“You look at all the normal names that we’ve talked about all year – like Benoit and Wiercioch, and Mike Hoffman is a dynamic offensive player that maybe just didn’t put up the numbers early but is starting to come on now – but I think the biggest, and it’s not a surprise, I think it’s just the biggest plus for ourselves, and personally for him, is Derek Grant. If you look at his play and his numbers are probably impressive, especially the shorthanded goal department, but if you watched him play now and you watched him play last year… just taking charge as a big centerman, getting physical and being able to play against the top line on the other team every night and do a great job. And he’s got the dynamic part where he can check them so well that when they turn the puck over, he’s dangerous offensively. The other night again, it was a 2-1 game and him and David Dziurzynski in the neutral zone just intercepted pucks and disrupted their whole power play. (They) ended up creating a breakaway chance and put the game away for us with a nice shorthanded goal. I think it’s about his fourth or fifth goal shorthanded; he leads the league in that department. Just taking charge all over the ice, it’s great to see. He’s a NHL body and he’s got a NHL stride and now he’s starting to show the other intangibles that go along with it – where he’s a name that has really jumped up not just in the AHL but also in the depth chart of the Ottawa Senators.”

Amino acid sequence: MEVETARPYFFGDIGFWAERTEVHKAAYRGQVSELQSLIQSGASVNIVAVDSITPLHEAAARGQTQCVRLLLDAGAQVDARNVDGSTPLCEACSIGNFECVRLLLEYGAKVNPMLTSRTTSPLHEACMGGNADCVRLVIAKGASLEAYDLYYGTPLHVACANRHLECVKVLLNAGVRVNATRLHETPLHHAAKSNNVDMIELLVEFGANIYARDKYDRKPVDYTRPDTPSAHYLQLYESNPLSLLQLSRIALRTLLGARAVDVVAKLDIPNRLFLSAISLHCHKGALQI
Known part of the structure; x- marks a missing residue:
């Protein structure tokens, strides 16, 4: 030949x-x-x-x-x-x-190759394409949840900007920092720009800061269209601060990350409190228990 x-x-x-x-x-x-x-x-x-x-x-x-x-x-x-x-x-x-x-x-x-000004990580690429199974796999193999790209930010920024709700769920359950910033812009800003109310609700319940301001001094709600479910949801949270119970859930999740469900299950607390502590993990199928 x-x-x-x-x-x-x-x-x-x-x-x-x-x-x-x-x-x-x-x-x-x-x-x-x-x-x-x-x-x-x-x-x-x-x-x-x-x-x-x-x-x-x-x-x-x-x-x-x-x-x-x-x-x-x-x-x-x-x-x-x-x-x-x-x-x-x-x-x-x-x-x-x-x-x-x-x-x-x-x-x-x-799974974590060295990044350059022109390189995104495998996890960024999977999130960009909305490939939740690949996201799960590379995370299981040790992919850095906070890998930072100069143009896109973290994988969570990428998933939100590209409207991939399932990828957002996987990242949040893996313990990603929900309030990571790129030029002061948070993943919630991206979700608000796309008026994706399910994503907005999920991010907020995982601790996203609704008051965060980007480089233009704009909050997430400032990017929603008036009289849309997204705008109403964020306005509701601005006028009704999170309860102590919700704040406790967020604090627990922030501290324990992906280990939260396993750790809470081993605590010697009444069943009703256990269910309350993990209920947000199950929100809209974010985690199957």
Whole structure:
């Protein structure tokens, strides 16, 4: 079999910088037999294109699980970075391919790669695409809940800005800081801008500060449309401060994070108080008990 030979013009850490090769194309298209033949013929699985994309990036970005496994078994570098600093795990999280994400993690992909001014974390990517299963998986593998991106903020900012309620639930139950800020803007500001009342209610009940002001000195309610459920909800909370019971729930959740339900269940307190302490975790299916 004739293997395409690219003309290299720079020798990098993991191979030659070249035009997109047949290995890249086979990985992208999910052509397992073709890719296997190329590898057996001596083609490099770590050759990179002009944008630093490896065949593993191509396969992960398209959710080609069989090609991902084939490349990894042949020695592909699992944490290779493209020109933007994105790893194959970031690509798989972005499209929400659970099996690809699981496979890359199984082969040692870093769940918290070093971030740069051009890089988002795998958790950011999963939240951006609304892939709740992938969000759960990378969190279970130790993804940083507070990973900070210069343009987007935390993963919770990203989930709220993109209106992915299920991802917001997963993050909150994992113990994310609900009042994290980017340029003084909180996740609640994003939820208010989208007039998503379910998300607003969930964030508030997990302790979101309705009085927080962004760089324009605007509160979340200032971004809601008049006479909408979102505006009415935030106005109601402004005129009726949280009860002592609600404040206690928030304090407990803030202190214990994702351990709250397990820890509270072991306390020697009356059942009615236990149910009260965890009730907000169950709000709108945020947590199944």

I had been quasi-working on a Derek Grant post but given Richardson's comments, I may as well throw up what I had written now.
With the exception of Radek Bonk, the Senators have historically lacked that prototypically big center that matches up against the opposition’s best offensive players.
Since being moved to the Los Angeles Kings for a third round pick at the 2004 NHL Draft, Bonk’s responsibilities were transposed to the likes of smaller players like Chris Kelly, Matt Cullen (in his short tenure), Mike Fisher (though he played much bigger than 6'1) and most recently, Kyle Turris.